English Translation: David Rand
Louise Mailloux is a philosopher, writer and polemicist. This article is an English translation of a blog originally published in French on the author’s web site on 20th March 2018 and subsequently re-published on our French-language site.
This translation is also published on the website Atheist Republic in their Blogs section.
Three days after the first-anniversary commemorations of the attack on the Grande mosquée in Quebec City, the Standing Committee on Canadian Heritage presented to the House of Commons its report entitled, “Taking Action Against Systemic Racism and Religious Discrimination Including Islamophobia” for which it received its mandate in March of 2017, when Motion M-103 condemning Islamophobia was adopted.
So much fanfare accompanied the proposal of a “National Day of Remembrance and Action on Islamophobia” that this report was almost forgotten and ignored. It is, however, very much in our interest to pay great attention to it.
The report contains a total of 30 recommendations whose goal is to implement a national action plan to fight against systemic racism and religious discrimination on the federal level.
This plan constitutes the most vast and ambitious such project ever presented so far to any government, a precise and rigorous project with wide-reaching consequences, a plan which uses religion to impose multiculturalism.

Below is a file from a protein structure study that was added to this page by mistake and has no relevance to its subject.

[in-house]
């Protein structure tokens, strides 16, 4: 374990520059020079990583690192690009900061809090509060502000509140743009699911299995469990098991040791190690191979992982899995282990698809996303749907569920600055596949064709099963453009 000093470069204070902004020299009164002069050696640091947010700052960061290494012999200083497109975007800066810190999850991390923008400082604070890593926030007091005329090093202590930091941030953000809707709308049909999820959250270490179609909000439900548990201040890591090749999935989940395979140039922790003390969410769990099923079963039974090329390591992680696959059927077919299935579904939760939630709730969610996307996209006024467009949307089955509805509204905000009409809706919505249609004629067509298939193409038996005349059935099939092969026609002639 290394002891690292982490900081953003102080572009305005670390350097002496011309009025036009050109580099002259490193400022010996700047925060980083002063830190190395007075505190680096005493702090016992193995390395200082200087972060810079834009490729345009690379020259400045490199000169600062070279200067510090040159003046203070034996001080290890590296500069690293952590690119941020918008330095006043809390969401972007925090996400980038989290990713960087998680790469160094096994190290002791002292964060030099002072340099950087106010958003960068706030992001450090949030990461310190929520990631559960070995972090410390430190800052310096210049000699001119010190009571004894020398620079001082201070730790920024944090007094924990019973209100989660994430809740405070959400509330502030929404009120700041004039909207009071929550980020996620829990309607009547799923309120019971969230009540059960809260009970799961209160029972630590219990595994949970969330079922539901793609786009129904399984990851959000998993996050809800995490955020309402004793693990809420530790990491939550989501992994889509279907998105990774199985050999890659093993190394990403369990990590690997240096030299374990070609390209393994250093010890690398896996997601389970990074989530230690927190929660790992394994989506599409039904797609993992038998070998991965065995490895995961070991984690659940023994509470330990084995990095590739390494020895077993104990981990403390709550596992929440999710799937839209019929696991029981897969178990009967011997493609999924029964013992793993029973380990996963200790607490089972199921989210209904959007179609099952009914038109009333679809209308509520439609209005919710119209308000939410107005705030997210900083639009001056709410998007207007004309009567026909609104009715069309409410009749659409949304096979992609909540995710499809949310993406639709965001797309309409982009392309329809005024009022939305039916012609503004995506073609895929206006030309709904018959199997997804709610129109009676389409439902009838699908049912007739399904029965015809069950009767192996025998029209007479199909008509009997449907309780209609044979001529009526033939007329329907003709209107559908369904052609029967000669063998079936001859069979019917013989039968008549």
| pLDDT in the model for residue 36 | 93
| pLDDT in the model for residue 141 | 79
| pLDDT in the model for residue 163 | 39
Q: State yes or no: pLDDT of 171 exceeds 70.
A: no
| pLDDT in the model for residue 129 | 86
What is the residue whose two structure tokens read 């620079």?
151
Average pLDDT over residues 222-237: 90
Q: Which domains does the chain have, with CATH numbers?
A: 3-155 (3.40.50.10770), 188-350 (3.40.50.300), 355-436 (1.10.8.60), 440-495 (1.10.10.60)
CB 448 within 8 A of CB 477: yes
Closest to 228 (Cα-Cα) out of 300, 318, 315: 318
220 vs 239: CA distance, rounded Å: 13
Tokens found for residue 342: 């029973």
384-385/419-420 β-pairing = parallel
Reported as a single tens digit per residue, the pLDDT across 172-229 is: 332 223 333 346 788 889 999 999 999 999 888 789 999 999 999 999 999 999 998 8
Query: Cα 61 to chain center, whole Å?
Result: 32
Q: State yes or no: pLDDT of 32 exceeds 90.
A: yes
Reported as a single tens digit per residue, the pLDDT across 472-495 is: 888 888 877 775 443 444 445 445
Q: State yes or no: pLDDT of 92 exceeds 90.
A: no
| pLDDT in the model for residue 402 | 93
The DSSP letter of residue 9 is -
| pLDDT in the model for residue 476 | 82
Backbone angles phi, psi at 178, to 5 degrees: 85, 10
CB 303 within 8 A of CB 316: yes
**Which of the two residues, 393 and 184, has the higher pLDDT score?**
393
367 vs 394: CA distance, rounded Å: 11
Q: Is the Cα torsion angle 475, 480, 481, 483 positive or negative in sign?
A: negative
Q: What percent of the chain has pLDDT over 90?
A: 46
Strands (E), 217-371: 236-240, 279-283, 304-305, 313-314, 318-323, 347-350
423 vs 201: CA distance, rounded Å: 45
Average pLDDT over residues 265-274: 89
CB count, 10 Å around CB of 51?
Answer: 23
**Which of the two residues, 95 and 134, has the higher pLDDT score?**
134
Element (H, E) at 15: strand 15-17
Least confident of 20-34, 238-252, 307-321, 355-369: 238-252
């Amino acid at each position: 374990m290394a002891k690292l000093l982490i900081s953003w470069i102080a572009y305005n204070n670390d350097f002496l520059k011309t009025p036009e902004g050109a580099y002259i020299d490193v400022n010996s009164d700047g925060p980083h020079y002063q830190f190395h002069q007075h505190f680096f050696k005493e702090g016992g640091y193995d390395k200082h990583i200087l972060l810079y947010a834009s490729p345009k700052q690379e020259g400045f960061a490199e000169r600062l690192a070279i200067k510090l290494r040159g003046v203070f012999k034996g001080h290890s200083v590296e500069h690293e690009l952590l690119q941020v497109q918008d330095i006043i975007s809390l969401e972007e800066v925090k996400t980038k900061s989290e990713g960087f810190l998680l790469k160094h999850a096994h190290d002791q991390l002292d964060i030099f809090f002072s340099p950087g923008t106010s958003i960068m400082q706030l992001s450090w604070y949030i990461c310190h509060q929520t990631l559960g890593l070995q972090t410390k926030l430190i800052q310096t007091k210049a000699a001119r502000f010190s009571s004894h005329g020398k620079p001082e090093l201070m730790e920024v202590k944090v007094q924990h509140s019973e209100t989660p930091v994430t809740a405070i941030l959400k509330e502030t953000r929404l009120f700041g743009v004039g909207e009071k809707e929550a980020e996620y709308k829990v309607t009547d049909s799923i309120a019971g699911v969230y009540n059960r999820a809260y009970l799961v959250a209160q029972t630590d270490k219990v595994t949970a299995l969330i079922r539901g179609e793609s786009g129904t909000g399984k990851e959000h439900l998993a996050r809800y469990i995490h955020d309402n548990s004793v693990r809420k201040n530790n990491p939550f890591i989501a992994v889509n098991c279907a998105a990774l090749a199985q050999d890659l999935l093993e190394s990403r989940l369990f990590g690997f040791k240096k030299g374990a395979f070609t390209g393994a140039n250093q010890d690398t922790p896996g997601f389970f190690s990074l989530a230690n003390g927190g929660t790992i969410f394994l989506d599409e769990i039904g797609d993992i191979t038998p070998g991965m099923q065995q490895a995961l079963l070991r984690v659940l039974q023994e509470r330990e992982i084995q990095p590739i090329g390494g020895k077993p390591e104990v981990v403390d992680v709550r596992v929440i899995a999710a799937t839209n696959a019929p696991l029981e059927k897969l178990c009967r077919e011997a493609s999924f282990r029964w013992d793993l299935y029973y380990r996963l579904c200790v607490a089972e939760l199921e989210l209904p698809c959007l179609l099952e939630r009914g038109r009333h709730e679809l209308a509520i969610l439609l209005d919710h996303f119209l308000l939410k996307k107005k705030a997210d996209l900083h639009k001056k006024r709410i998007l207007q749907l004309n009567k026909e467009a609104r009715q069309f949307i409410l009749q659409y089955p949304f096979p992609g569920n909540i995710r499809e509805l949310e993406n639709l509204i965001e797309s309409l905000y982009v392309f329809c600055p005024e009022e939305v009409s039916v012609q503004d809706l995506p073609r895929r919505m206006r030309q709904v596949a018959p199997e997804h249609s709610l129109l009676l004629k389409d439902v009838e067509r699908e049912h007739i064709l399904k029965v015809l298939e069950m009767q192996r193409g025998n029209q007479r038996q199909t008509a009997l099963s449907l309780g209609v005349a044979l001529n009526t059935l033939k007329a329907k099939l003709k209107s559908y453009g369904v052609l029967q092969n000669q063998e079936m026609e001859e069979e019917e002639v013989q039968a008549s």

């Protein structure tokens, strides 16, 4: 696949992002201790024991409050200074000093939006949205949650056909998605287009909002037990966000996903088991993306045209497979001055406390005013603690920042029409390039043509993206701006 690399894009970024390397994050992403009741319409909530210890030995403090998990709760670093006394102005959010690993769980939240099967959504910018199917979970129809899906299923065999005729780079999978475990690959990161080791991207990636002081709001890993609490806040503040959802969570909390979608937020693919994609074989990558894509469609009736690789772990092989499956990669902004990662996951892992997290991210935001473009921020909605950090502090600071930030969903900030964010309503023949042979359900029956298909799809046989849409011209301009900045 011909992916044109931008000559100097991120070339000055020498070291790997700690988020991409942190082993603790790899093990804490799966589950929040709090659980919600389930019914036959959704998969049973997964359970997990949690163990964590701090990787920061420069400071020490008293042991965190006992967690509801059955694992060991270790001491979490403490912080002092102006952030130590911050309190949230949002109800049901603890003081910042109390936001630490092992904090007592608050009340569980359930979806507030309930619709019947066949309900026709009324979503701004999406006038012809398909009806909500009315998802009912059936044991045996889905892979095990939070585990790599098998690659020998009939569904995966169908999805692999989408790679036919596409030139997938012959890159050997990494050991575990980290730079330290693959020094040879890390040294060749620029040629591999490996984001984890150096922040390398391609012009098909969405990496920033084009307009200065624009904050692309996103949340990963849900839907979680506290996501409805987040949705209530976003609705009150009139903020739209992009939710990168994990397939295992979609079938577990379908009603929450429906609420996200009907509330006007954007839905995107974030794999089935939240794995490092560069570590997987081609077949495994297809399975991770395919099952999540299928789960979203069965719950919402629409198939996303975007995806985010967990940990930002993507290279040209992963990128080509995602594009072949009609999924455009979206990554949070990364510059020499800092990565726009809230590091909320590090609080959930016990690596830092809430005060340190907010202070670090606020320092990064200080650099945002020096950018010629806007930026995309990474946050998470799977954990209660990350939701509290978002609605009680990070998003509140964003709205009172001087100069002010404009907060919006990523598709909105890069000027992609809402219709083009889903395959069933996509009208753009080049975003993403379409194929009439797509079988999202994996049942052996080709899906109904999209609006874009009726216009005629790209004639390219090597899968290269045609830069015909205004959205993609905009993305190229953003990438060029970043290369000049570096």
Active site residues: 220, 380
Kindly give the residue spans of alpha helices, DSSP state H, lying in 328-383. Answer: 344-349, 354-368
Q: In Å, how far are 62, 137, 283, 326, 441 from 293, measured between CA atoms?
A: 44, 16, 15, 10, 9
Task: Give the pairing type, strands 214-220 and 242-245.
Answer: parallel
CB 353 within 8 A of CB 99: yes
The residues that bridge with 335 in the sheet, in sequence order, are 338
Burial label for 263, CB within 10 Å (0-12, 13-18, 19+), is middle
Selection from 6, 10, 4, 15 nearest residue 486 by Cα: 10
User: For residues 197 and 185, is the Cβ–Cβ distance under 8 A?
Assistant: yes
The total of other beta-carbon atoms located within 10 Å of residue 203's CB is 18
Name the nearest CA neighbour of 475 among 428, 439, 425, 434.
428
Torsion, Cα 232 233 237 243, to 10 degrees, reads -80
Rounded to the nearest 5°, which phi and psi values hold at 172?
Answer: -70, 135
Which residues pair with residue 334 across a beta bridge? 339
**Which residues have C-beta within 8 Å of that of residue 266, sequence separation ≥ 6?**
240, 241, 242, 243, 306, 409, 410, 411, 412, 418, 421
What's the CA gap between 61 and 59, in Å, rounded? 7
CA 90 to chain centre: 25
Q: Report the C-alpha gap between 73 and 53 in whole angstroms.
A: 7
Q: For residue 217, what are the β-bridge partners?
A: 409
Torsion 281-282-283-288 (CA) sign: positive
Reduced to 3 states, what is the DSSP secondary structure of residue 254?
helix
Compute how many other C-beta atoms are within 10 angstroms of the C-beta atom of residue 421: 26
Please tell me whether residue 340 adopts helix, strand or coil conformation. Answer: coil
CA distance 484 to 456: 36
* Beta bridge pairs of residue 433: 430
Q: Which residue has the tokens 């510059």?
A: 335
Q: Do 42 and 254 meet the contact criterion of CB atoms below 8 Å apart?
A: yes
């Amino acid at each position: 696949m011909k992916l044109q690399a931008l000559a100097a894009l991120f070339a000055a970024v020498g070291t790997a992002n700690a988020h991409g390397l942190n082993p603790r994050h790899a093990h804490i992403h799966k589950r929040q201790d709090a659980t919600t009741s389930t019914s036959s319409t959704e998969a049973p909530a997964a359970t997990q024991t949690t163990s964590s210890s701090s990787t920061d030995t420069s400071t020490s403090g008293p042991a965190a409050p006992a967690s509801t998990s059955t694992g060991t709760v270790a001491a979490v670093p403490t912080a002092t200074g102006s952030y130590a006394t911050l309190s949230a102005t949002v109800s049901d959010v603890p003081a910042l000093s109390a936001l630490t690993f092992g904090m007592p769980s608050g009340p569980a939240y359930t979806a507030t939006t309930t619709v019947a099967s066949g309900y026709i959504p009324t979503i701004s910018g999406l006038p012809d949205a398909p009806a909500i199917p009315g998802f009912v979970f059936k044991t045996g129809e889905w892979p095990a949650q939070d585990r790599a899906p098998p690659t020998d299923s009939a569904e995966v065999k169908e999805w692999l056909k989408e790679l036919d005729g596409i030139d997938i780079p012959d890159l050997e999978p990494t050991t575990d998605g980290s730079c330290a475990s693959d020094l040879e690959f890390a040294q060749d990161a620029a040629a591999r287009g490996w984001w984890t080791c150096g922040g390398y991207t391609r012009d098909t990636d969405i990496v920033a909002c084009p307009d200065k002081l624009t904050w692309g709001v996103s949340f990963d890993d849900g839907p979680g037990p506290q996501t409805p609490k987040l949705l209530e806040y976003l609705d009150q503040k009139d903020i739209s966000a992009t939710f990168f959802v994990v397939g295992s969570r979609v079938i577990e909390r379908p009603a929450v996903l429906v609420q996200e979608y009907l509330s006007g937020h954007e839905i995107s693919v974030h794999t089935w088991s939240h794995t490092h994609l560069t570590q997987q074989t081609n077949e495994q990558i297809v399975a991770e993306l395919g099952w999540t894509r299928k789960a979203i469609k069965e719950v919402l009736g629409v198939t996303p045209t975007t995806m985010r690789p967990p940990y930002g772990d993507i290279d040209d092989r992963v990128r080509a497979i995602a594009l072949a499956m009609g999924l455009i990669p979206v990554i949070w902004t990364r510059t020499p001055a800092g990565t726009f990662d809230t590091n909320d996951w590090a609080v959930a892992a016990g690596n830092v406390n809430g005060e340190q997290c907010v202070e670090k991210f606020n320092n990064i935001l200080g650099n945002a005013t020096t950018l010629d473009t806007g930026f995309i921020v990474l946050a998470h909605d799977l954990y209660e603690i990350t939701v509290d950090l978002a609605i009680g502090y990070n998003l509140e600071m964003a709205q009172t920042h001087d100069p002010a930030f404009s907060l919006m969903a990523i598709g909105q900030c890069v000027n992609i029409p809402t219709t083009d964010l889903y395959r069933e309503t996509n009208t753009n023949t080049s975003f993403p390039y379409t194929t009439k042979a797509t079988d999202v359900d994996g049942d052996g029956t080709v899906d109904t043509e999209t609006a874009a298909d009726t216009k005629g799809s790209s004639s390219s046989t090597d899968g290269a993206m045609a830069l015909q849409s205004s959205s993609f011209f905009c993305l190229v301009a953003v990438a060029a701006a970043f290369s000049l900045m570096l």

Making Religion a Race
The first recommendation proposes updating the current Canadian Action Plan Against Racism and to widen its reach, extending it to cover religious discrimination. Thus, the fight against racism targeting blacks and First Nations people would henceforth be extended to include Jews, Catholics, Evangelicals, Hindus, Sikhs and Muslims.
Even though we know full well that a religion is not a race—because one does not choose one’s race, while on the other hand one’s religion is indeed a choice—this recommendation, by conflating race and religion, allows different religious groups to hijack anti-racist programmes and measures, and to use them to their advantage. It would be difficult to find a more effective form of opportunism!
Putting Religions at the Heart of Central Government
The second recommendation would have the effect of creating a directorate, within the Department of Canadian Heritage, mandated to implement this plan.